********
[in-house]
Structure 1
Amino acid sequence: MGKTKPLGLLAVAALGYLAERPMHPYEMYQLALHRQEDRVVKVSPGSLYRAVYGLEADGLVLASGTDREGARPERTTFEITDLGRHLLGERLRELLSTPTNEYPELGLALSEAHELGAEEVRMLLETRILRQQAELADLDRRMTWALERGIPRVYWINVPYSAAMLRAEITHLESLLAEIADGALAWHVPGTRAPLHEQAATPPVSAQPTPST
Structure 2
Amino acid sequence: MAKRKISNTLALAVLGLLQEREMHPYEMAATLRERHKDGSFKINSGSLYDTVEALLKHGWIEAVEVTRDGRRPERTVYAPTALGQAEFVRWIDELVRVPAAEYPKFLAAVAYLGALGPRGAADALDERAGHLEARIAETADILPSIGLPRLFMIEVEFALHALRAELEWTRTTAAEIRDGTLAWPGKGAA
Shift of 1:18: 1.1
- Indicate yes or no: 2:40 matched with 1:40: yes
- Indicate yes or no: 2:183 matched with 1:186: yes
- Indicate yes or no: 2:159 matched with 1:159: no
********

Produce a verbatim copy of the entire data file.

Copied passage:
[in-house]
Structure 1
Amino acid sequence: MGKTKPLGLLAVAALGYLAERPMHPYEMYQLALHRQEDRVVKVSPGSLYRAVYGLEADGLVLASGTDREGARPERTTFEITDLGRHLLGERLRELLSTPTNEYPELGLALSEAHELGAEEVRMLLETRILRQQAELADLDRRMTWALERGIPRVYWINVPYSAAMLRAEITHLESLLAEIADGALAWHVPGTRAPLHEQAATPPVSAQPTPST
Structure 2
Amino acid sequence: MAKRKISNTLALAVLGLLQEREMHPYEMAATLRERHKDGSFKINSGSLYDTVEALLKHGWIEAVEVTRDGRRPERTVYAPTALGQAEFVRWIDELVRVPAAEYPKFLAAVAYLGALGPRGAADALDERAGHLEARIAETADILPSIGLPRLFMIEVEFALHALRAELEWTRTTAAEIRDGTLAWPGKGAA
Shift of 1:18: 1.1
- Indicate yes or no: 2:40 matched with 1:40: yes
- Indicate yes or no: 2:183 matched with 1:186: yes
- Indicate yes or no: 2:159 matched with 1:159: no